The term “computer readable medium” refers to any medium that participates in providing instructions to processor 604 for execution. Such a medium may take many forms, including but not limited to, non-volatile media, volatile media, and transmission media. Non-volatile media includes, for example, optical or magnetic disks, such as disk drive 610. Volatile media includes dynamic memory, such as system memory 606.

Transmission media includes coaxial cables, copper wire, and fiber optics, including wires that comprise bus 602. Transmission media can also take the form of acoustic or light waves, such as those generated during radio wave and infrared data communications.

Common forms of computer readable media includes, for example, floppy disk, flexible disk, hard disk, magnetic tape, any other magnetic medium, CD-ROM, any other optical medium, punch cards, paper tape, any other physical medium with patterns of holes, RAM, PROM, EPROM, FLASH-EPROM, any other memory chip or cartridge, carrier wave, or any other medium from which a computer can read.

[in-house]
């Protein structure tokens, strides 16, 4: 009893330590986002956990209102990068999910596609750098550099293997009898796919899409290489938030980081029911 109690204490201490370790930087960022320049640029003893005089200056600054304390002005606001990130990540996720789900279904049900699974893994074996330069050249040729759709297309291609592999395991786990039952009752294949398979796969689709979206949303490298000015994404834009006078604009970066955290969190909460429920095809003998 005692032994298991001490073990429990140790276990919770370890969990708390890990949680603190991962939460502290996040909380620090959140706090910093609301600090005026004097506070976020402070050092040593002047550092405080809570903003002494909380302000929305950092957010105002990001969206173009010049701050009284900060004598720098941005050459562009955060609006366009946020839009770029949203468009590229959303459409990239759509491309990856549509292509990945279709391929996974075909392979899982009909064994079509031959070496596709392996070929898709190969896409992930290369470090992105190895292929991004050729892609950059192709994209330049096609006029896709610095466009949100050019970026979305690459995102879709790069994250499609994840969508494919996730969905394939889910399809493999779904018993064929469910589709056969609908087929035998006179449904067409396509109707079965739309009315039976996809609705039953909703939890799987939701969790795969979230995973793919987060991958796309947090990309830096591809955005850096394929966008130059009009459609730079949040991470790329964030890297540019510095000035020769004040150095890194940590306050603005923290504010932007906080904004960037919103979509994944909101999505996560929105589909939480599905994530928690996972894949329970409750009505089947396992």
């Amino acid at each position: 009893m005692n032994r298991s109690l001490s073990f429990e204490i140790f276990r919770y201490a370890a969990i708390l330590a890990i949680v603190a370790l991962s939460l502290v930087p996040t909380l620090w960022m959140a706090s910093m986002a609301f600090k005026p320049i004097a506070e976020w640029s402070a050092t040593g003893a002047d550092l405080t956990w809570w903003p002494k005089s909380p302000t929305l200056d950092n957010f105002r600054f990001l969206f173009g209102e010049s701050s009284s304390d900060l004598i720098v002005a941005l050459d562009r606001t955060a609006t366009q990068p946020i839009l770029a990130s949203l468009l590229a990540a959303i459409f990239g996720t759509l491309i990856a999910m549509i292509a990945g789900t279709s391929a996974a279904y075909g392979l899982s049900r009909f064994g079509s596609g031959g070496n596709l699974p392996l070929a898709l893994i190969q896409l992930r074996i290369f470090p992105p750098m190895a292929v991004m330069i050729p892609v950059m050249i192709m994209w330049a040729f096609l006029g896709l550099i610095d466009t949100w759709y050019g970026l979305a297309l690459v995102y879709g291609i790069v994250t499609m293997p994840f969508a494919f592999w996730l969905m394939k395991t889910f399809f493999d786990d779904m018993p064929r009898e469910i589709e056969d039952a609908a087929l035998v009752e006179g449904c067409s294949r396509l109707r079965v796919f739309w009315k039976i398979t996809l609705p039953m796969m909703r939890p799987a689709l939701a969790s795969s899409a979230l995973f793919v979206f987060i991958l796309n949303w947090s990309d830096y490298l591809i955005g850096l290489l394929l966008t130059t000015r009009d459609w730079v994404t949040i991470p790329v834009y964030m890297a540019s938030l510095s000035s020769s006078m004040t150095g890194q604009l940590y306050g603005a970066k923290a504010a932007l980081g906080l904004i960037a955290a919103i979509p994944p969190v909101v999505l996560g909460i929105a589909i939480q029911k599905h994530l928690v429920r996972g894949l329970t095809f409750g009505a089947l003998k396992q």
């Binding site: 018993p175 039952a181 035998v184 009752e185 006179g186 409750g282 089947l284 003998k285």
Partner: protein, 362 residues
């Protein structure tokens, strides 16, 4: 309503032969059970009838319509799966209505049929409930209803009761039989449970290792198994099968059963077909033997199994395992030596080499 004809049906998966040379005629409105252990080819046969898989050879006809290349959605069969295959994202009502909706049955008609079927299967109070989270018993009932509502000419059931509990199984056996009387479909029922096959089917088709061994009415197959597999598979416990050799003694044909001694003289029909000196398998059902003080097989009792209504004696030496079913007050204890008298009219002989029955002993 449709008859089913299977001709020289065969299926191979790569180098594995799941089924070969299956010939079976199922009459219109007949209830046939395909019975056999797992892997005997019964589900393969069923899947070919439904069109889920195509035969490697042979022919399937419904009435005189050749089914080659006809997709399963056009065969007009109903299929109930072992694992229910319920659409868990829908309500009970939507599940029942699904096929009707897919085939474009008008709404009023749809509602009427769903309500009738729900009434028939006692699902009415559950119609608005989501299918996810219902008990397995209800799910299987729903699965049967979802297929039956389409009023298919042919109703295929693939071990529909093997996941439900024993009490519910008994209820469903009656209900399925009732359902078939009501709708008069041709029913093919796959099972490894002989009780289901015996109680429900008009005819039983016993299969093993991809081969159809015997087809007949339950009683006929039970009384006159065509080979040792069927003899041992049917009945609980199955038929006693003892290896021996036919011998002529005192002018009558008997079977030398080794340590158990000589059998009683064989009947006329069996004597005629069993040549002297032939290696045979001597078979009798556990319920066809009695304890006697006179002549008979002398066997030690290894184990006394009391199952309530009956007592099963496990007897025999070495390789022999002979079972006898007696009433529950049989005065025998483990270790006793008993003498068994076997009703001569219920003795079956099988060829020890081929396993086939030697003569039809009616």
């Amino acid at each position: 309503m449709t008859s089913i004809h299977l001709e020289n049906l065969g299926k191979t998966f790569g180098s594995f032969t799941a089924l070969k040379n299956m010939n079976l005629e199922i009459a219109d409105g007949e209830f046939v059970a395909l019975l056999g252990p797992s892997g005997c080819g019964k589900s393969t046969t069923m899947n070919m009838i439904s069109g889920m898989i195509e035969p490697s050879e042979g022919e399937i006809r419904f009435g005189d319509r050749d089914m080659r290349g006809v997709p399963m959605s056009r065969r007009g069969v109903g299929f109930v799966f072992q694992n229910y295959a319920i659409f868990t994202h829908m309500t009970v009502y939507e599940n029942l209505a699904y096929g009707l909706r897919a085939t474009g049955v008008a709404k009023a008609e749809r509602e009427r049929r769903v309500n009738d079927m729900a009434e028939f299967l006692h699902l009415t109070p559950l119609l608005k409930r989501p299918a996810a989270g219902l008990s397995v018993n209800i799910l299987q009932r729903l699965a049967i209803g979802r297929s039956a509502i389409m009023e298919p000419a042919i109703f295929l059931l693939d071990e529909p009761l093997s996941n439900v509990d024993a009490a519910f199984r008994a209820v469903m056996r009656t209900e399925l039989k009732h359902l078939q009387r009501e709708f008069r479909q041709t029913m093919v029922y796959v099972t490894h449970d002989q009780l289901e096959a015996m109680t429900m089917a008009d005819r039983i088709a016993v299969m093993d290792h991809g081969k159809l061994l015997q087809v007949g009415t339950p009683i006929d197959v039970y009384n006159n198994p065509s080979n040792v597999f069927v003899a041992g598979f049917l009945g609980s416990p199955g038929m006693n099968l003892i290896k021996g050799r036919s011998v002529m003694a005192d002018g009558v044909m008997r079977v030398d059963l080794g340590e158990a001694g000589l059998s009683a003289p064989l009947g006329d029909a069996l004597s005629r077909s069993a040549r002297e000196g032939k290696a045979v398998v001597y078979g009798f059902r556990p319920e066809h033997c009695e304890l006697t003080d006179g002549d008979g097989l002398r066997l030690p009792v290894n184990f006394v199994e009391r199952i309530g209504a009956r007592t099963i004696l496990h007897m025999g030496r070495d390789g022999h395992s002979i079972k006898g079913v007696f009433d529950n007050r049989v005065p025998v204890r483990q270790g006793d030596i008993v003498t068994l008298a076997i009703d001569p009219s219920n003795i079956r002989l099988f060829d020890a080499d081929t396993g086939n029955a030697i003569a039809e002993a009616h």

In some examples, execution of the sequences of instructions may be performed by a single computer system 600. According to some examples, two or more computer systems 600 coupled by communication link 620 (e.g., LAN, PSTN, or wireless network) may perform the sequence of instructions in coordination with one another. Computer system 600 may transmit and receive messages, data, and instructions, including program, i.e., application code, through communication link 620 and communication interface 612. Received program code may be executed by processor 604 as it is received, and/or stored in disk drive 610, or other non-volatile storage for later execution.

The foregoing examples have been described in some detail for purposes of clarity of understanding, but are not limited to the details provided. There are many alternative ways and techniques for implementation. The disclosed examples are illustrative and not restrictive.

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Classifications
U.S. Classification704/270, 704/275, 704/254, 704/9, 704/10, 705/1.1
International ClassificationG10L15/00, G06F17/27, G06F17/21, G10L21/00
Cooperative ClassificationG06Q30/02, G10L15/10
European ClassificationG10L15/10, G06Q30/02
Legal Events
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Owner name: ADOBE SYSTEMS INCORPORATED, CALIFORNIA
Effective date: 20070118